US Military Commander Calls Potential North Korean Missile Launch a 'Significant Threat'

19 March 2009

Senior U.S. military officers said Thursday that if North Korea's planned satellite launch succeeds next month, it would represent a significant threat to global security and would increase the liklihood that the communist country will sell advanced military technology to other rogue states.

Army General Walter Sharp
Army General Walter Sharp
The commander of U.S. and U.N. forces in South Korea, Army General Walter Sharp, says if North Korea launches a rocket carrying a satellite, as it says it will between April 4 and 8, it will confirm that the Pyongyang regime has a dangerous military capability.

"The threat is real and it is felt in South Korea, the threat of having the capability of being able to deliver any sort of warhead anywhere in the world is indeed a threat. And we call on North Korea not to do this provocation, but instead go back and focus on what they promised to do during the Six-Party Talks," he said.

North Korea has already tested a nuclear weapon. But officials say even if the country conducts a successful rocket or long-range missile launch next month, it probably does not have a nuclear warhead it could put atop such a vehicle.

General Sharp says North Korea is disabling its nuclear program, as promised. But he added that any rocket or missile launch would violate a United Nations Security Council resolution. Sharp says North Korean leader Kim Jong Il has other interests, besides defying the U.N. and demonstrating the threat he can pose.

The general says a successful launch would help Mr. Kim demonstrate he is in control, strengthen his grip on power in the wake of his illness last year, possibly force concessions from the international community, and improve his chances of selling missile and weapons technology to other countries.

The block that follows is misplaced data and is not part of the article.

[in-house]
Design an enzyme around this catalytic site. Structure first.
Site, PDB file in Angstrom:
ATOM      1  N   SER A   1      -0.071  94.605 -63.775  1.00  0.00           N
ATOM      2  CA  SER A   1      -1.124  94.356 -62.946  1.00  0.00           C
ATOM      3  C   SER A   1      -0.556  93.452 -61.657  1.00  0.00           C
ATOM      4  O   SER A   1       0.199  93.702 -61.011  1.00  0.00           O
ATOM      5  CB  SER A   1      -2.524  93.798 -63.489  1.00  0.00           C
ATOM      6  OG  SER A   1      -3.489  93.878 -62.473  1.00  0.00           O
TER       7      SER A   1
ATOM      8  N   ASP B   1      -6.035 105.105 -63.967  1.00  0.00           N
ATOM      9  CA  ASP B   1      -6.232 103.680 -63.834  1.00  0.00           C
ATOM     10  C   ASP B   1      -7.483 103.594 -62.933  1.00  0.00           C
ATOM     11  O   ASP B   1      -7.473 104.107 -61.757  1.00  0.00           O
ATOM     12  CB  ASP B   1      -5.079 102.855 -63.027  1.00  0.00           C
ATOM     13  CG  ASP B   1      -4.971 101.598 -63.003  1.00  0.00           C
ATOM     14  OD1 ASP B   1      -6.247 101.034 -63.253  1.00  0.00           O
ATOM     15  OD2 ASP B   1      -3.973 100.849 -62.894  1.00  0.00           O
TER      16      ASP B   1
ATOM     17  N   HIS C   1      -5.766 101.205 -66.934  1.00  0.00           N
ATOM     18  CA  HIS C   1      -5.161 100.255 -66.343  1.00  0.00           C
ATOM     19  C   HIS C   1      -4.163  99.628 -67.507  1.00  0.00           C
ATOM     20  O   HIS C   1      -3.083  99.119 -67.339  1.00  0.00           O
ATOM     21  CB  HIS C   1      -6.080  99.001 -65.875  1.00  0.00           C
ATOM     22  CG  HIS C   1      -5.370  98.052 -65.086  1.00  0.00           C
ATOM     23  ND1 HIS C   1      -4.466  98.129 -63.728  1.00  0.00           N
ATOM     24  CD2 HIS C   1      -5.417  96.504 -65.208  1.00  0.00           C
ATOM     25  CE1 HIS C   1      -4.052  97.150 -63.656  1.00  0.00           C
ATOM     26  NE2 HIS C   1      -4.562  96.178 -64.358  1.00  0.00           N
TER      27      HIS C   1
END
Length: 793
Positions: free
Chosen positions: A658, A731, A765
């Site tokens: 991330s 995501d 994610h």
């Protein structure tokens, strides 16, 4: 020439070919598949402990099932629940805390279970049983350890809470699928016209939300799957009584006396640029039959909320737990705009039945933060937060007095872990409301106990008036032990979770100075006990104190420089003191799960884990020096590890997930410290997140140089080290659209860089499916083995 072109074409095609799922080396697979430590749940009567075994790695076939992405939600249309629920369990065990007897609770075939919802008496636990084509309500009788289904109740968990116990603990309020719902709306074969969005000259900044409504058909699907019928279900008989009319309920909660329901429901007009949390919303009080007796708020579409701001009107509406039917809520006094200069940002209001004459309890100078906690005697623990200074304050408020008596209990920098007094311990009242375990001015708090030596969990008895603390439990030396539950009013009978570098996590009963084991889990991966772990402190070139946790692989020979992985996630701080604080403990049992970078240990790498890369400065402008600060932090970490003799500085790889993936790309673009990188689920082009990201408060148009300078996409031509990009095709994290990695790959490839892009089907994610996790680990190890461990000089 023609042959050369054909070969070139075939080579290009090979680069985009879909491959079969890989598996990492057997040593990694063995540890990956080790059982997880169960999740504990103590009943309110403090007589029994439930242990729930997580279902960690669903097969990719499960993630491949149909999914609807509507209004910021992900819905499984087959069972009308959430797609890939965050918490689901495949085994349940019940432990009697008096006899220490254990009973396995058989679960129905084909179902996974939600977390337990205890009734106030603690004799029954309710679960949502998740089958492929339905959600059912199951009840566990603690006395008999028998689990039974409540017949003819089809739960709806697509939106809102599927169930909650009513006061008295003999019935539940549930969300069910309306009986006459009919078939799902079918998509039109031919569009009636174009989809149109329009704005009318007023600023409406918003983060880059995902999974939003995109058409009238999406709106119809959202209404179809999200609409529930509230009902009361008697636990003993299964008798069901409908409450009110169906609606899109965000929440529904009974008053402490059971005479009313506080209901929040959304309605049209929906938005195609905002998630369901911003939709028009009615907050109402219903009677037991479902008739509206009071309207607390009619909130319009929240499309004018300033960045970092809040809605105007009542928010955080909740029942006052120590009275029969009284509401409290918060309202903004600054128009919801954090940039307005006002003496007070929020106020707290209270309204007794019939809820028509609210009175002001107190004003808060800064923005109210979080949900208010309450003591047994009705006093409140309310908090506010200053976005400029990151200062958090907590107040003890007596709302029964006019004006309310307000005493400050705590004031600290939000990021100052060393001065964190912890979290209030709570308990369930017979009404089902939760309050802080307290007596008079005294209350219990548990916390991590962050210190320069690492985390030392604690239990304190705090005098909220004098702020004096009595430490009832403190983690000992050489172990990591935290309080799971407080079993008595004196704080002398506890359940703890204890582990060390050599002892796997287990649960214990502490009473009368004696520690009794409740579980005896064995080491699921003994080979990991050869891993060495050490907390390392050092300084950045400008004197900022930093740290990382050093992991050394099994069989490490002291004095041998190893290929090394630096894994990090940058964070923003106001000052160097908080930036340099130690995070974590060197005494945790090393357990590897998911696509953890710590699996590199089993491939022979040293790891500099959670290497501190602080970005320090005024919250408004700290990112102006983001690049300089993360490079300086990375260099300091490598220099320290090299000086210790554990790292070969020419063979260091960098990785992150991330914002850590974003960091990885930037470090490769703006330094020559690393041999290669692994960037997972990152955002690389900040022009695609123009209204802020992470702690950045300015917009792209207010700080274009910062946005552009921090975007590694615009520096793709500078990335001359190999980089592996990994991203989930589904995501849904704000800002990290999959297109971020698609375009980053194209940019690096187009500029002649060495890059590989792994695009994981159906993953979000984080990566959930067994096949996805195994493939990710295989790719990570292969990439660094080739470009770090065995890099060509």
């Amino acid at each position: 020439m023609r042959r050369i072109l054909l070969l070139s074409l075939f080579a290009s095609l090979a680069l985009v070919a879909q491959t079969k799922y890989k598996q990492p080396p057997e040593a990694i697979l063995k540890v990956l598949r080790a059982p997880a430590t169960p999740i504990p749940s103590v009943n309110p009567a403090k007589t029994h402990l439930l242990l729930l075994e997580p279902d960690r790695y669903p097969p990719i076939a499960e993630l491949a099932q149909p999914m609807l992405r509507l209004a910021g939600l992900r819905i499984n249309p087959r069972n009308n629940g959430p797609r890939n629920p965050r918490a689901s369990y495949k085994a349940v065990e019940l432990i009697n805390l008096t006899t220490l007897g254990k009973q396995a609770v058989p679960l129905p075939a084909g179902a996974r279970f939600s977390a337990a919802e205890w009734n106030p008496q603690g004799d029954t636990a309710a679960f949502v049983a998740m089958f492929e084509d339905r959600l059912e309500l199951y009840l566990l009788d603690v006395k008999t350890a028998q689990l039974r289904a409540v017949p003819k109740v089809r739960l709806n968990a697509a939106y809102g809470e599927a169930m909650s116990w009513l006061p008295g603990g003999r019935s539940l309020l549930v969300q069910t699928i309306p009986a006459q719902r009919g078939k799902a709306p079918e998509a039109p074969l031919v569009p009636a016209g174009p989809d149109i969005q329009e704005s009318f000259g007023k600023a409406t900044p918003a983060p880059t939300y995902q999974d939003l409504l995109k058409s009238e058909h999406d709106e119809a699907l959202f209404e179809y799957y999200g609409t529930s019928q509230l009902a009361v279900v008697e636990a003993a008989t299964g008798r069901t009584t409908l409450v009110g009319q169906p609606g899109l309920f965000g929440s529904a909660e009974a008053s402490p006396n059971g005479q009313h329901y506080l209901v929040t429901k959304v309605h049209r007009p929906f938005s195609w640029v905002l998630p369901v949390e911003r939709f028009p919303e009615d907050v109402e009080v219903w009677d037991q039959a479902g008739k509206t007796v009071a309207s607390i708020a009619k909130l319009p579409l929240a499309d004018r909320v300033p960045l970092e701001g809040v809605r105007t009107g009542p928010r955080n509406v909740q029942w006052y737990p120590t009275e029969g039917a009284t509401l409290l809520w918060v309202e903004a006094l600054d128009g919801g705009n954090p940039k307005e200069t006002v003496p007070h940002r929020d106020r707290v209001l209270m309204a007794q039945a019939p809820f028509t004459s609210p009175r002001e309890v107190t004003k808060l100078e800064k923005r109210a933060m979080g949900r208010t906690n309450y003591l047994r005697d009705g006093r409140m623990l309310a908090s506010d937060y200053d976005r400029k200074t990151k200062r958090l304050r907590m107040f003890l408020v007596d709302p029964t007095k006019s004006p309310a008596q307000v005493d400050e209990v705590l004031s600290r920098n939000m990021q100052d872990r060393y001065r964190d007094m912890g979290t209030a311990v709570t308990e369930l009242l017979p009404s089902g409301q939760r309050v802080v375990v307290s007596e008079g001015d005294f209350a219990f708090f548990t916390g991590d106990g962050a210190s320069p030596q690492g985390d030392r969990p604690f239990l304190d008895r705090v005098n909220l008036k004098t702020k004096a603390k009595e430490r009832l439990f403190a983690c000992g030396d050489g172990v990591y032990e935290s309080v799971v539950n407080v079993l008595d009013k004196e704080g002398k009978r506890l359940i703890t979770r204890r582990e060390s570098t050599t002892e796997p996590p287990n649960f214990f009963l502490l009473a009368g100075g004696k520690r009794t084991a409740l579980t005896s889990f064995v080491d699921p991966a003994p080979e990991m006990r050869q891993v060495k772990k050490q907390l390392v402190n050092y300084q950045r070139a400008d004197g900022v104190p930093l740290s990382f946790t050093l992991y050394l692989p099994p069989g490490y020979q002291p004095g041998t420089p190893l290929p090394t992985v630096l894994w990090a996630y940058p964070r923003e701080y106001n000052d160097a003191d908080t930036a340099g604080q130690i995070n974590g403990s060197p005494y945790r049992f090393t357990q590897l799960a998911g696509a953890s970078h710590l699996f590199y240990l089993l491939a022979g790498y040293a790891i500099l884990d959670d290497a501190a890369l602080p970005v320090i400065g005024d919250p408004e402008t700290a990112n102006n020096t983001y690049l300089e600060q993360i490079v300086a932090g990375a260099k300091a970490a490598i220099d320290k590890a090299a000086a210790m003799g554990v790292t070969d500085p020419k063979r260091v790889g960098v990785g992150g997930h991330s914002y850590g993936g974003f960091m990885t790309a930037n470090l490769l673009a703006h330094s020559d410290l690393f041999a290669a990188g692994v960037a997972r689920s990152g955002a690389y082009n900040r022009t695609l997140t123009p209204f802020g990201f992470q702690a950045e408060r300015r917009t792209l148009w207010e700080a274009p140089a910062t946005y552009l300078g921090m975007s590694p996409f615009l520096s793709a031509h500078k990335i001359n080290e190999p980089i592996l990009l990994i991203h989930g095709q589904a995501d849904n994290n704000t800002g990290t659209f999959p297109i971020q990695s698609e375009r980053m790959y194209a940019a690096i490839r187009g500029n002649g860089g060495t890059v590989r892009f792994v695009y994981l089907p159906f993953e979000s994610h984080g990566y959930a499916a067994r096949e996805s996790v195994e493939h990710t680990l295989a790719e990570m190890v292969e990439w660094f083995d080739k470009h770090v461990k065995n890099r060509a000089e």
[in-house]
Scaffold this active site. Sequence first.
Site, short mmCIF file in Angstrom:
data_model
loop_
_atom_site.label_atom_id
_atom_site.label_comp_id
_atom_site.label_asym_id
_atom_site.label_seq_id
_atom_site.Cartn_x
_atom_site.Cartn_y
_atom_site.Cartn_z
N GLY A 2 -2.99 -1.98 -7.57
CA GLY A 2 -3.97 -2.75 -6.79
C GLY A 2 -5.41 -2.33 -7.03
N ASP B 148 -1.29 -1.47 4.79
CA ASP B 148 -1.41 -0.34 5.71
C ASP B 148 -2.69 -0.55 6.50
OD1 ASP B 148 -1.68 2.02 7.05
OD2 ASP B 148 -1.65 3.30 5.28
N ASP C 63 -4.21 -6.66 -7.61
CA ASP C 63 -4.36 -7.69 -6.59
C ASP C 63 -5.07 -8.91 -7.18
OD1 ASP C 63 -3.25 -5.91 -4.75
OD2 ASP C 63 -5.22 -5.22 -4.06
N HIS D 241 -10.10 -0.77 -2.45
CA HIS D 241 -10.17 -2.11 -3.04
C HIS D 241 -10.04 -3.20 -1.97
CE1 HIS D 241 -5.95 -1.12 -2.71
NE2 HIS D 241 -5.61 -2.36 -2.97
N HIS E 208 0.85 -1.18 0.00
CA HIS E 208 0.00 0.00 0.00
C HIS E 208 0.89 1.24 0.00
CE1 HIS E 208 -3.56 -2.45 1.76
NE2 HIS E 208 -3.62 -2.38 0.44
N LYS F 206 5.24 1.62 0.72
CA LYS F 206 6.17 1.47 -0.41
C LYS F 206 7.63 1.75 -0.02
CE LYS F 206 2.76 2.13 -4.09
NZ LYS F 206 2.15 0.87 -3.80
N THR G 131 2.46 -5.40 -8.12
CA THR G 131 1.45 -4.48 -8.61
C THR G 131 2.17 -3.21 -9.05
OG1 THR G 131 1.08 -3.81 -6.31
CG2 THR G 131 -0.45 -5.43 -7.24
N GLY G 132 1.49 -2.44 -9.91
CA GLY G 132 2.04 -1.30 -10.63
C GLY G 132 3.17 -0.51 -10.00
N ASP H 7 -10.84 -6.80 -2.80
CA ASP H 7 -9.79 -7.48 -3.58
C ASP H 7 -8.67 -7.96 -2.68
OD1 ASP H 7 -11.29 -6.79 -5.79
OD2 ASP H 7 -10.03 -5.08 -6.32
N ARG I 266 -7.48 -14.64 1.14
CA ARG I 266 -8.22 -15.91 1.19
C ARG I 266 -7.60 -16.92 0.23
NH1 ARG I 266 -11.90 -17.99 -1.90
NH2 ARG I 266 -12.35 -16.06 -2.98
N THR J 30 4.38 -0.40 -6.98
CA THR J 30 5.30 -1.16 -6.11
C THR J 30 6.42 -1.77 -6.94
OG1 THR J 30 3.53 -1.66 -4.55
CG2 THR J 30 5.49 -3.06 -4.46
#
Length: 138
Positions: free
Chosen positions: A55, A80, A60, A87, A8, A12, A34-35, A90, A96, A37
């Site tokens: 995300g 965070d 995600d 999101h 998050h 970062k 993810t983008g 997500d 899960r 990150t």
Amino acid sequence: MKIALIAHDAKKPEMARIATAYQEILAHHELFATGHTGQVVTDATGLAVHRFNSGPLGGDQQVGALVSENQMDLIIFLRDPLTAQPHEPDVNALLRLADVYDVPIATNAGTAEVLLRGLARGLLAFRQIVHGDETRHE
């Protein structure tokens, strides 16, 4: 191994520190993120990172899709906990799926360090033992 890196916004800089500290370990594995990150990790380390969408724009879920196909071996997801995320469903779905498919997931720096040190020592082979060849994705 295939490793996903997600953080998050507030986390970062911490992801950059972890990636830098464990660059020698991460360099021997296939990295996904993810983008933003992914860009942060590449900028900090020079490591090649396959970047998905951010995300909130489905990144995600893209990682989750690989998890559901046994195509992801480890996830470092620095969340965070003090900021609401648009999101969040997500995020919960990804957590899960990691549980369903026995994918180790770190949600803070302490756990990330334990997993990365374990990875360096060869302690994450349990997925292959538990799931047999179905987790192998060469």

"His ability to be able to launch a ballistic missile and demonstrate he has that capability goes a long way on the road of helping him proliferate that to other countries around the world, and to be able to get cash back in order to go, again, back into regime survival."

The announced launch would demonstrate a long-range attack capability for North Korea. But General Sharp notes that the country also maintains the ability to inflict severe damage on its neighbor, South Korea. The general says the United States and its allies would defeat any such attack, and would overthrow the Pyongyang government in the process.

That led the Chairman of the Senate Armed Services Committee, Carl Levin, to conclude that North Korea would likely not launch such an attack because its government's main goal appears to be to stay in power.

At the same hearing, the commander of all U.S. forces in the Pacific region, Navy Admiral Timothy Keating, said the United States has the ability to shoot down a North Korean Tai Po Dong missile if it threatens U.S. territory. He also said the United States is not alone in its view of North Korea, among the 38 countries in his area of responsibility.

"I would think it would be fair to characterize North Korea as the largest day-to-day concern in the eyes of most of the countries in our region. And it is not just because of potential Tae Po Dong activity. Their leadership is perhaps characterized as erratic. The succession is not clear. What happens next is not clear. Their day-to-day activities are unpredictable and can be very confrontational. So their policies are the most unsettling of any in the region," he said.

And U.S. officials expect that to continue. General Sharp says Kim Jong Il has made clear that he will fund his military program, even if it means worsening shortages of food and other vital supplies for his people.